Track owner throws out rule book, let's illegal car in NASCAR race keep the win


If you ain't cheating, you ain't trying.

That's what some racing fans might have thought after hearing about the controversial finish that happened in the 17th Thanksgiving Classic recently held at Southern National Motorsport Park.

On lap 175 of the final Late Model Stock race of the season, the caution flag waved after Brenden Queen and Devin Dodson crashed in turn 4, which required a red flag to temporarily stop the race. Track officials determined that Matt McCall was leading when the caution flag was displayed, but Justin Johnson's crew disputed this claim. Johnson's team even showed tack owner Mike Diaz a race monitor, which they said proved Johnson was ahead of McCall, according to Short Track Scene.

While McCall ended up winning the race over Johnson by 1.502 seconds, Diaz and track officials met after the race to determine whether they missed the call that led to McCall taking the lead. After inspecting both cars, it was determined that a transponder was incorrectly placed on McCall's car and this could have led to incorrect scoring, according to Race 22.


However, Diaz made the decision that McCall would still be the official race winner, essentially saying that Johnson had time to take back the lead in the last 20 laps, but failed to accomplish that task.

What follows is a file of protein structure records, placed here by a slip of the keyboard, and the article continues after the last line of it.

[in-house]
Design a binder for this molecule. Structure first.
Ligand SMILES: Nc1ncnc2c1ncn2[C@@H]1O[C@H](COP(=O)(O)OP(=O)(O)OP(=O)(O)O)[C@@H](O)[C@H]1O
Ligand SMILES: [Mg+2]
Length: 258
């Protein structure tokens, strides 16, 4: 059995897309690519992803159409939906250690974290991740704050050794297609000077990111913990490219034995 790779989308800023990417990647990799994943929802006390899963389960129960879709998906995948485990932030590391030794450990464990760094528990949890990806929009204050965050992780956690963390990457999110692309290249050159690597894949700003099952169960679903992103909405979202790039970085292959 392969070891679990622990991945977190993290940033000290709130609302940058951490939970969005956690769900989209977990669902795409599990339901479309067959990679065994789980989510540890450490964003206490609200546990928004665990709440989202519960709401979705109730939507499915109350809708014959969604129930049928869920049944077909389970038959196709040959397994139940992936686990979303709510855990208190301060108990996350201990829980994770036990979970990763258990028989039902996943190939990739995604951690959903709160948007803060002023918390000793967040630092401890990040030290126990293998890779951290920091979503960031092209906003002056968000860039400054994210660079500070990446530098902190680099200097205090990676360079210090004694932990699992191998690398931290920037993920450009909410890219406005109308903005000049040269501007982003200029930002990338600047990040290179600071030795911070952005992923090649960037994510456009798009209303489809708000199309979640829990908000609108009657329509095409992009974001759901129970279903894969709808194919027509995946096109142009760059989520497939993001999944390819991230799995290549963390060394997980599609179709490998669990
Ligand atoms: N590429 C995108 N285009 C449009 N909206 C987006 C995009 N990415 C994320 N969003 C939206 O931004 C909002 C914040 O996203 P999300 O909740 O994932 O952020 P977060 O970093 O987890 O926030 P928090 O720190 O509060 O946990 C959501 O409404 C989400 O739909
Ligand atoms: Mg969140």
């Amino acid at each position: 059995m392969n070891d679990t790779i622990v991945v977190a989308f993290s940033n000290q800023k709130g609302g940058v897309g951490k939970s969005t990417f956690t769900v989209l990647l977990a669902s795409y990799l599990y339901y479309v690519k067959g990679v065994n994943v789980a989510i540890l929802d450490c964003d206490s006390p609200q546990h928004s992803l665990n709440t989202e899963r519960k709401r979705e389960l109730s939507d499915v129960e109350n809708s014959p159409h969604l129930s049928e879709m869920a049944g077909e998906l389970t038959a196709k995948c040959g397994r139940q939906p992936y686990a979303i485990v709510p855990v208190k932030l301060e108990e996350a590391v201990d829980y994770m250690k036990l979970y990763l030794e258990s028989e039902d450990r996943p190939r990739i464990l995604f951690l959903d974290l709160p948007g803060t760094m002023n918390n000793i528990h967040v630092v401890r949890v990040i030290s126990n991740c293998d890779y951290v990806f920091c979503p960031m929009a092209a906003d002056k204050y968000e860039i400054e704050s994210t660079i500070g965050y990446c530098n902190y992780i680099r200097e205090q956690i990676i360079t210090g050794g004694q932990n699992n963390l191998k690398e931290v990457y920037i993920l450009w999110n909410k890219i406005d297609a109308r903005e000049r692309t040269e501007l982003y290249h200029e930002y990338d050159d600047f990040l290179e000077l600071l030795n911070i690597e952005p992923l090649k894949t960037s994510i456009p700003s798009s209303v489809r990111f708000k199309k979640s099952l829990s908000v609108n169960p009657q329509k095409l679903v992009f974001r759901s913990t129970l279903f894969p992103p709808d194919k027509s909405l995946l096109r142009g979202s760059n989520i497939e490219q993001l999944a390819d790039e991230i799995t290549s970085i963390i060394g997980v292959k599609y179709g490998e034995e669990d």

It shouldn't surprise anyone the media had plenty of questions for Diaz once he finally showed up inside the trackside press box. While Diaz was clearly emotional about the tough decision he was forced to make, he took the time to carefully explain his reasoning.

"So I, as a track owner, am not going to make out well in this, Diaz said, according to STS. "Without putting my personal opinions into it, I know that this was not the right decision for some, and it was not the right decision for others. It was a mistake by my race track officials to not identify the position of the transponder. But that was a transponder that I don't think won the race.


"So some people want me to go by the rule book, because that's what we all fight for. But as much as some people want me to go by the rulebook, I do not think the transponder position is what lost Justin Johnson the race."

This decision didn't sit well with Johnson. He criticized track officials during a post-race interview before taking the time to thank his team for putting him in position to win, even though things didn't ultimately go their way.